But this welcome is not without qualifications. As stirring as those inclusive words are, the qualifications that follow are as important. Anyone who keeps Sabbath—a concept far more complex than just keeping a holy day, it really means a distinctive lifestyle in which one intentionally sets aside a portion of one’s time, money and spirit for God and for the poor—is welcome. Anyone who works for a just society and who sincerely seeks personal integrity will be welcomed. Why is this the new rule announced in Isaiah? Is this merely a bunch of liberals on some political correctness jaunt? The prophet is clear: All such people—those committed to justice and personal integrity—are already on the path to God, sometimes even more surely on the path to God than those who wrote the entrance rules! The standards have not been lowered by allowing in those traditionally deemed unacceptable. The criteria for entrance into God’s presence have been significantly raised. The rules are now the highest moral standards. They are God’s standards. The rules for entrance now are a heart and hands that work at justice for others and at life-long, personal search for moral, intellectual, emotional, social and spiritual wholeness, the wholeness God wants for each and all God’s children.

What was the situation when Jesus lived and taught? The world was a very small place indeed. Most of the major religions and philosophies of the day were in direct contact with each other. Although most of his ministry took place in Galilee, Jesus grew up next to a town deeply influenced by Greek and Roman philosophies and religions. When he went to the Temple in Jerusalem, Roman guards stood in a special tower that had been erected to watch every move in and around the Temple. But as we see in the passage from Matthew’s gospel we have already heard, Jesus makes exceptions.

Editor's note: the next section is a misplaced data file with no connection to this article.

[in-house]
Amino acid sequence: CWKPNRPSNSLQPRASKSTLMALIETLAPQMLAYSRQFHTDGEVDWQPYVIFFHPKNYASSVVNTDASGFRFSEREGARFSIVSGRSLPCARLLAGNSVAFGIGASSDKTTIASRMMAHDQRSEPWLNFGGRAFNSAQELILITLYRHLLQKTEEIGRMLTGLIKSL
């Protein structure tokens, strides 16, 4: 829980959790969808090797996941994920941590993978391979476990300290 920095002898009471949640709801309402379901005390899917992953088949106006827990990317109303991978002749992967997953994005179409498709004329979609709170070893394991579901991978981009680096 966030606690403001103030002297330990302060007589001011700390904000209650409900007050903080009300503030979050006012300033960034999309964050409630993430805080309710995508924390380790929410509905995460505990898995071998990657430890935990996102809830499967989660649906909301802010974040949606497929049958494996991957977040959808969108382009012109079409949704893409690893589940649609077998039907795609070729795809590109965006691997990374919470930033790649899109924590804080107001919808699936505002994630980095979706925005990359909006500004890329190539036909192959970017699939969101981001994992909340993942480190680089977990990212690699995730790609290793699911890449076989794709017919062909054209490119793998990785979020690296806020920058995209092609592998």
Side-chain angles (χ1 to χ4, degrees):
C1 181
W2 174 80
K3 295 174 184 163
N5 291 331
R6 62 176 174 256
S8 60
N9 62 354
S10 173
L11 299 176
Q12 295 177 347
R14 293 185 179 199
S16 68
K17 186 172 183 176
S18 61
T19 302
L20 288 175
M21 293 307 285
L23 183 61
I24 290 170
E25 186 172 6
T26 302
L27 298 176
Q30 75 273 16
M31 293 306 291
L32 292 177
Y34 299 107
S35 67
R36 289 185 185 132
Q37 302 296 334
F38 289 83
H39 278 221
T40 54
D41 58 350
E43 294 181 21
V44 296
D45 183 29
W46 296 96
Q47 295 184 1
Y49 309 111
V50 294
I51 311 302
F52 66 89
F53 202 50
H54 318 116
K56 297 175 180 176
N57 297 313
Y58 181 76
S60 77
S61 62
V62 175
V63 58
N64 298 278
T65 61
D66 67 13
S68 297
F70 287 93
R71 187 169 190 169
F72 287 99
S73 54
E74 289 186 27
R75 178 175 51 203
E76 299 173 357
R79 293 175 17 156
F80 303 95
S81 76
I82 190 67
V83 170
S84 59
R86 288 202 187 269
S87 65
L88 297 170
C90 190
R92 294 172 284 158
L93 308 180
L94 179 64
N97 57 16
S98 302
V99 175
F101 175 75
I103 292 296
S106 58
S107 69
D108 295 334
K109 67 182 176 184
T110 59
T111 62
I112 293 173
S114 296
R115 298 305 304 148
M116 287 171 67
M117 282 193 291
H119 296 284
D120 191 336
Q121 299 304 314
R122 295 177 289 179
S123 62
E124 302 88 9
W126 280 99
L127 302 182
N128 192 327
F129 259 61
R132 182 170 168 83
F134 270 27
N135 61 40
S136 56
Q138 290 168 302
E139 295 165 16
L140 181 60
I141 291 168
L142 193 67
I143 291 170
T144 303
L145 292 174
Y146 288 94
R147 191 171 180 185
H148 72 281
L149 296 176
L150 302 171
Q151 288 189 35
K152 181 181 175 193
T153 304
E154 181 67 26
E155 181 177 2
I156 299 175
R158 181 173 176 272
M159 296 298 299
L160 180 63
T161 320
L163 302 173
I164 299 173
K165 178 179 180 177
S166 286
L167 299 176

In Matthew’s version of this important incident a Cannanite woman approaches Jesus. Already two rules have been broken—a non-believer and a woman approach in public Jesus and he responds. Jesus reminds her that his first call is to his own people; they are the ones God prepared through the Law and the prophets for Messiah. But the woman continues to seek him. She says she will settle for the crumbs that fall from the table. Jesus is moved. He recognizes her sincerity in seeking him. He explicitly says, “Great is your faith.” He answers her petition.

I suggest to you that the wisdom we need in an era of extremes can be found in the stirring words from the book of Isaiah and in the teachings and example of Jesus. What would Jesus do? We know exactly what he did and, therefore, that we should do the same.

The task for Christians today is to welcome all sincere seekers after God yet at the same time become more clear about our own faith and, as importantly, more consistent in practicing it.